• The data are standardized by subtracting group means and dividing by pooled standard deviations.
 • The singular value decomposition is used to obtain a principal component transformation matrix from the set of singular vectors.
 • The number of components retained represents a minimum of 0.9999 of the sum of the squared singular values.
 • A linear discriminant analysis is performed on the transformed data, where the data are not shifted by group means. This is a fast calculation because the pooled-within covariance matrix is diagonal.
This section gives the derivation of formulas saved by Score Options > Save Formulas. The formulas depend on the Discriminant Method.
For each group defined by the categorical variable X, observations on the covariates are assumed to have a p-dimensional multivariate normal distribution, where p is the number of covariates. The notation used in the formulas is given in Notation for Formulas Given by Save Formulas Options.
 p number of covariates T total number of groups (levels of X) t = 1, ..., T subscript to distinguish groups defined by X nt n = n1 + n2 + ... + nT total number of observations y p by 1 vector of covariates for an observation ith observation in group t, consisting of a vector of p covariates p by 1 vector of means of the covariates y for observations in group t ybar p by 1 vector of means for the covariates across all observations estimated (p by p) within-group covariance matrix for group t estimated (p by p) pooled within covariance matrix qt p(t|y) posterior probability that y belongs to group t |A| determinant of a matrix A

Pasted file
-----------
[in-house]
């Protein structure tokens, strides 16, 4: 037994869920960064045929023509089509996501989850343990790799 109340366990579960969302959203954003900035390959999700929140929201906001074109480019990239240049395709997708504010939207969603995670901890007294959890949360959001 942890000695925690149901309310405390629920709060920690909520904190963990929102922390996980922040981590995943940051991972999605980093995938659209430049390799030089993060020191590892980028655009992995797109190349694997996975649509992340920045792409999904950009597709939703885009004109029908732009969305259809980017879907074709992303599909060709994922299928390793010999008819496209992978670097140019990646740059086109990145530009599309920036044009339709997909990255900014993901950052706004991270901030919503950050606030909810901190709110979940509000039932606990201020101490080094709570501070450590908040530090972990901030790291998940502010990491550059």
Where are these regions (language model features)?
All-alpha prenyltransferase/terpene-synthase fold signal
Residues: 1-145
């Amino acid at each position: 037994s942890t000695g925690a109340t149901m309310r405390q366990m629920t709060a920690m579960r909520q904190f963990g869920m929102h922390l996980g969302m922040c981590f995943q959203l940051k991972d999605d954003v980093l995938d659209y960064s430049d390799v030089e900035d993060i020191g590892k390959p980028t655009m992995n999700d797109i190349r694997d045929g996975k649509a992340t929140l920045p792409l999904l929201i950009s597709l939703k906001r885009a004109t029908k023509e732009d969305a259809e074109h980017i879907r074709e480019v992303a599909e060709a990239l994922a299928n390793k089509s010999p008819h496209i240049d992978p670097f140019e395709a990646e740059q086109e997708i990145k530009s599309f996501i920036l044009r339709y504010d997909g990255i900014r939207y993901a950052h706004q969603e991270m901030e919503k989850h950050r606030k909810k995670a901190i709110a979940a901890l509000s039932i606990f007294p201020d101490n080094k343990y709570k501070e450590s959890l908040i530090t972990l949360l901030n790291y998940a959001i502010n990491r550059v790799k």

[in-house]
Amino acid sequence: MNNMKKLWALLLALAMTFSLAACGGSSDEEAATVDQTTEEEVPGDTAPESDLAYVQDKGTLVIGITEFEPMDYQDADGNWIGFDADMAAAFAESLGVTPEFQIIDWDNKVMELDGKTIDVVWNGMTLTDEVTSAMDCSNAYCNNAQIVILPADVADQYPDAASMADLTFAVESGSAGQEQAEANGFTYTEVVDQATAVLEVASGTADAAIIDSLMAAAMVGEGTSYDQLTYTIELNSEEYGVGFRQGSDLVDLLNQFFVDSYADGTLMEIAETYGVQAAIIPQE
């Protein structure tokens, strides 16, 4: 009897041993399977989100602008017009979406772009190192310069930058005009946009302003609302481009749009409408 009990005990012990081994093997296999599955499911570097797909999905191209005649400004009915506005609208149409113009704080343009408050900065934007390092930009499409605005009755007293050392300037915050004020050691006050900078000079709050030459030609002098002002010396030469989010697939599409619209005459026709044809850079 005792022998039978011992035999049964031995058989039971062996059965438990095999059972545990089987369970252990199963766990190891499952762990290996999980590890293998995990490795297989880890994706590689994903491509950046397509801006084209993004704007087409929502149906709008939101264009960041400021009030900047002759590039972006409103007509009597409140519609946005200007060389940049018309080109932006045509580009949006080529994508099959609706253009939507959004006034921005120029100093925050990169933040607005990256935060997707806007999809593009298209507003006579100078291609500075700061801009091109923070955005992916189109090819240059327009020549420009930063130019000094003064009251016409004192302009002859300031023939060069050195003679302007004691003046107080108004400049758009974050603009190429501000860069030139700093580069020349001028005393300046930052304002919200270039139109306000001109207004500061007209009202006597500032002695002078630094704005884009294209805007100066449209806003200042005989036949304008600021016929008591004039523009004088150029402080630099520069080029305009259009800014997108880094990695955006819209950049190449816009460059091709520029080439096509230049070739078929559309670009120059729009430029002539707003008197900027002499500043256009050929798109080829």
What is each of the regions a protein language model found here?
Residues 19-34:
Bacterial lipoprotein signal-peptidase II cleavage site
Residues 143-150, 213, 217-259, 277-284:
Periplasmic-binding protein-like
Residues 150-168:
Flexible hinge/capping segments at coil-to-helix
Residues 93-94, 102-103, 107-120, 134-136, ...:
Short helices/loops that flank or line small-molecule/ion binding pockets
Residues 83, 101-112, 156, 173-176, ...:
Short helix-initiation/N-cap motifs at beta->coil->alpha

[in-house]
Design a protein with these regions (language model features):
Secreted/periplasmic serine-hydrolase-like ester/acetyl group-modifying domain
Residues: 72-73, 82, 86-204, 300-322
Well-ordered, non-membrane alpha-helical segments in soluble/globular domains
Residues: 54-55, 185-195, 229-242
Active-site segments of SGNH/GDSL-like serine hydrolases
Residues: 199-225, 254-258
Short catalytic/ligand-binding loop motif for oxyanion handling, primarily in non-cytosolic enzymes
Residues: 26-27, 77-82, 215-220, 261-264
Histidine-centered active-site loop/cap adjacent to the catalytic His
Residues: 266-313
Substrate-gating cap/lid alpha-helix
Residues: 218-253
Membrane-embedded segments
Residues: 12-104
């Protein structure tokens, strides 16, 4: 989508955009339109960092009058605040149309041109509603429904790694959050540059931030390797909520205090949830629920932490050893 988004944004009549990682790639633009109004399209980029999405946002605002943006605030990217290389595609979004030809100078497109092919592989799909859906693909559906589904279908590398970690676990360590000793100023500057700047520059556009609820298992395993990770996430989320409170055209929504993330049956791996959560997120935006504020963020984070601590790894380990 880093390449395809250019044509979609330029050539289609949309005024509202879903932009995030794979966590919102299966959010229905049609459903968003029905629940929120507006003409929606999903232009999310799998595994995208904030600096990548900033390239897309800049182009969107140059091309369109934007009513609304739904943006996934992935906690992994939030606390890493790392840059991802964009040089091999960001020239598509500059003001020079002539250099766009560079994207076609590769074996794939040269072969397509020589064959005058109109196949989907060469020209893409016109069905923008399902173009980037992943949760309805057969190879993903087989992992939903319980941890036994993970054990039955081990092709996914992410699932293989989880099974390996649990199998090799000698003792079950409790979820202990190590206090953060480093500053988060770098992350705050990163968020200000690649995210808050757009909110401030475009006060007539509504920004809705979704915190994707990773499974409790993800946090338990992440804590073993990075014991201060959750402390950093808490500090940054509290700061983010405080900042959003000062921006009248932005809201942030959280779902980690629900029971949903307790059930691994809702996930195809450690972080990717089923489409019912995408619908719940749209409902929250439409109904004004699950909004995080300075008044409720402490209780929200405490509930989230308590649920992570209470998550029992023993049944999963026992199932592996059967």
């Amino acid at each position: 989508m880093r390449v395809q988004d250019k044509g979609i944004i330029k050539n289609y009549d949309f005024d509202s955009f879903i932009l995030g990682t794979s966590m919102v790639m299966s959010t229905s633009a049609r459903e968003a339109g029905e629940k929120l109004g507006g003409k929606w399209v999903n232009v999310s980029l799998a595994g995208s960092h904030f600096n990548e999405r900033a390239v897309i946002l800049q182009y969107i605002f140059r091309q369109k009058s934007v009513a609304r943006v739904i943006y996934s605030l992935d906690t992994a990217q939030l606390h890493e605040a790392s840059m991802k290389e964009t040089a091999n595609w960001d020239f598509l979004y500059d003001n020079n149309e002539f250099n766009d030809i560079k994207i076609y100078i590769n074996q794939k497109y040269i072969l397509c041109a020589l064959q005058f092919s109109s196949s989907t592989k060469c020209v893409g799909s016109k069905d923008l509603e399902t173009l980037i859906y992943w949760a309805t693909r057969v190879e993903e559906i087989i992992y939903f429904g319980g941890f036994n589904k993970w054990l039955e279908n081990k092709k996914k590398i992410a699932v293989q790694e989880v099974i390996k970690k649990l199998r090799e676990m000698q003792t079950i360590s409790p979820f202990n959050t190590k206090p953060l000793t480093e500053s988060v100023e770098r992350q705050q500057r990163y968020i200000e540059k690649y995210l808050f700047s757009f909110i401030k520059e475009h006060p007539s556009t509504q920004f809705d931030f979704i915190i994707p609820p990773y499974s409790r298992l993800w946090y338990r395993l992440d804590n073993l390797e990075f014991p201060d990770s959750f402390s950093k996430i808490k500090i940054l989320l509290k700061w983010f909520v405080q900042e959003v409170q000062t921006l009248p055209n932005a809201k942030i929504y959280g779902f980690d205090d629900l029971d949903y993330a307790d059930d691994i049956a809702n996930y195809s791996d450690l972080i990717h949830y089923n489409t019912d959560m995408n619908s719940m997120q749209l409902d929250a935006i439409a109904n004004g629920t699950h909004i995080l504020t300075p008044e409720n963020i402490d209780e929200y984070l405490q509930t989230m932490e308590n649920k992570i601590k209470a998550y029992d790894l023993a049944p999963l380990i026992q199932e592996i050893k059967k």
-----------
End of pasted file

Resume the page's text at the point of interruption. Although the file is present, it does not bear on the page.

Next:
The Mahalanobis distance from an observation y to group t is defined as follows:
The likelihood for an observation y in group t is estimated as follows:
Note that the number of parameters that must be estimated is p2 for the pooled covariance matrix plus pT for the means.
An observation y is assigned to the group for which its posterior probability is the largest.
 SqDist[0] Prob[] Pred
In quadratic discriminant analysis, the within-group covariance matrices are not assumed equal. The within-group covariance matrix for group t is estimated by St. This means that the total number of parameters to be estimated is Tp2 + Tp: Tp2 for the within-group covariance matrices and Tp for the means.
When group sample sizes are small relative to p, the estimates of the within-group covariance matrices tend to be highly variable. The discriminant score is heavily influenced by the smallest eigenvalues of the inverse of the within-group covariance matrices. See Friedman, 1989. For this reason, if your group sample sizes are small compared to p, you might want to consider the Regularized method, described in Regularized Discriminant Method.
See Notation for Formulas Given by Save Formulas Options for notation. The Mahalanobis distance from an observation y to group t is defined as follows:
The likelihood for an observation y in group t is estimated as follows:
An observation y is assigned to the group for which its posterior probability is the largest.
 Prob[] Pred
Note: SqDist[<group t>] can be negative.